Algebraic Complexity and Neurovariety of Linear Convolutional Networks

  • Vahid Shahverdi (KTH)
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Linear networks are artificial neural networks that use linear activation functions. Despite their simplicity, these networks have the potential for understanding more complex architectures. In this talk, we focus on linear convolutional networks with arbitrary strides. The neuromanifold of such a network is a semialgebraic set, represented by a space of polynomials that admit specific factorizations. We introduce a recursive algorithm to derive polynomial equations whose common zeros define the Zariski closure of the neuromanifold. Additionally, we examine the algebraic complexity involved in training these networks using techniques from metric algebraic geometry. We show that the total number of complex critical points in optimizing these networks corresponds to the generic Euclidean distance degree of a Segre variety. This number is notably higher than the number of critical points found when training a fully connected linear network with the same number of parameters.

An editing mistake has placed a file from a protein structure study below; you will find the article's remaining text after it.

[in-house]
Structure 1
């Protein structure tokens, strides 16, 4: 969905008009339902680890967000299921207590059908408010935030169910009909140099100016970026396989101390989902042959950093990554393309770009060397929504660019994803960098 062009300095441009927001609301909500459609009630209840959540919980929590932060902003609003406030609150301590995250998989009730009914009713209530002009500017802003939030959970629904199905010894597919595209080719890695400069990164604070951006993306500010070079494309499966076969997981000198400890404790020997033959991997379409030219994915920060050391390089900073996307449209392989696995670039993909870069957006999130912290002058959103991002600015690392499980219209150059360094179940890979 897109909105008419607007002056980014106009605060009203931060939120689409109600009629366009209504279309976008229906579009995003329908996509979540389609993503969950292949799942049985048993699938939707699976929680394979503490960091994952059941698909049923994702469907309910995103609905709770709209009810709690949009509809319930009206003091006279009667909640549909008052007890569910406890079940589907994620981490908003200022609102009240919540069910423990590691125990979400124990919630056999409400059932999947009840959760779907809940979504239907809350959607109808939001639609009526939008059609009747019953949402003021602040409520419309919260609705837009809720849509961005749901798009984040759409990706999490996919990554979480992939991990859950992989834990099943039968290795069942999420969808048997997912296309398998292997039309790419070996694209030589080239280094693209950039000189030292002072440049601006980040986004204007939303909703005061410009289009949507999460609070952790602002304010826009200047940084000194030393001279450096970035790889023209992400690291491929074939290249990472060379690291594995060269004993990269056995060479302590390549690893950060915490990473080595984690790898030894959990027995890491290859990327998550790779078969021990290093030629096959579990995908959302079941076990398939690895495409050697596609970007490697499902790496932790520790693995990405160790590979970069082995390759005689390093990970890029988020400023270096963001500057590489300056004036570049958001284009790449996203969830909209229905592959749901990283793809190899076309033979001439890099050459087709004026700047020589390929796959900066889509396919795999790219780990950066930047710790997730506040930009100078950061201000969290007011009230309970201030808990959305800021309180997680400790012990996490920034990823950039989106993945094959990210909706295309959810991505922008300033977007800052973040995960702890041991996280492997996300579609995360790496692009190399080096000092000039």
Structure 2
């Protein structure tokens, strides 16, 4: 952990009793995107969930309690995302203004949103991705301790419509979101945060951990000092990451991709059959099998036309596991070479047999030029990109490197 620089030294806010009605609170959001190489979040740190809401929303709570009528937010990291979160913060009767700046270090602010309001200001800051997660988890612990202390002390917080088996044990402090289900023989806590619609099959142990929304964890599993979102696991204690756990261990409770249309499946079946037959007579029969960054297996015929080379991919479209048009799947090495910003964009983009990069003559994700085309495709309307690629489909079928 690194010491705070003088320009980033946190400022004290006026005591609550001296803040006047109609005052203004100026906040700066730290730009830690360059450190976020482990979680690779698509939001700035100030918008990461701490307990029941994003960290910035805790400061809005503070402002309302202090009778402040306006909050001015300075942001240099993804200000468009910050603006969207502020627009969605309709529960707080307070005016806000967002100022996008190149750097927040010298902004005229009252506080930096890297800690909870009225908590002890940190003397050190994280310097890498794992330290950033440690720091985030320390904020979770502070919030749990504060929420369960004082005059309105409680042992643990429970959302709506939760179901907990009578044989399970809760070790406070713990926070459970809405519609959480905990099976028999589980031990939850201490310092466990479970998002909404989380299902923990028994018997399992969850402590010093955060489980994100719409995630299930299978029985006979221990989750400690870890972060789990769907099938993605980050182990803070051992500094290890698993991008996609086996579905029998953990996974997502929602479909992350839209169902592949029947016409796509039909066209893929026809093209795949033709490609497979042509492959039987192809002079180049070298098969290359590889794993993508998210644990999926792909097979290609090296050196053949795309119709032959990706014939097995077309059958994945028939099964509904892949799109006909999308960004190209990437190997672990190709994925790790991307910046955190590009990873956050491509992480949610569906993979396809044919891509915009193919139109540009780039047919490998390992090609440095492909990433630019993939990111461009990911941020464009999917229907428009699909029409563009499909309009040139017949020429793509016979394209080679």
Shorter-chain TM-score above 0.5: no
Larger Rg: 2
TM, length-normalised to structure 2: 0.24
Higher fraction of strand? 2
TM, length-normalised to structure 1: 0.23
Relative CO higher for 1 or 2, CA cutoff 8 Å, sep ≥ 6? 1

11.07.24 22.08.24

Math Machine Learning seminar MPI MIS + UCLA

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Katharina Matschke

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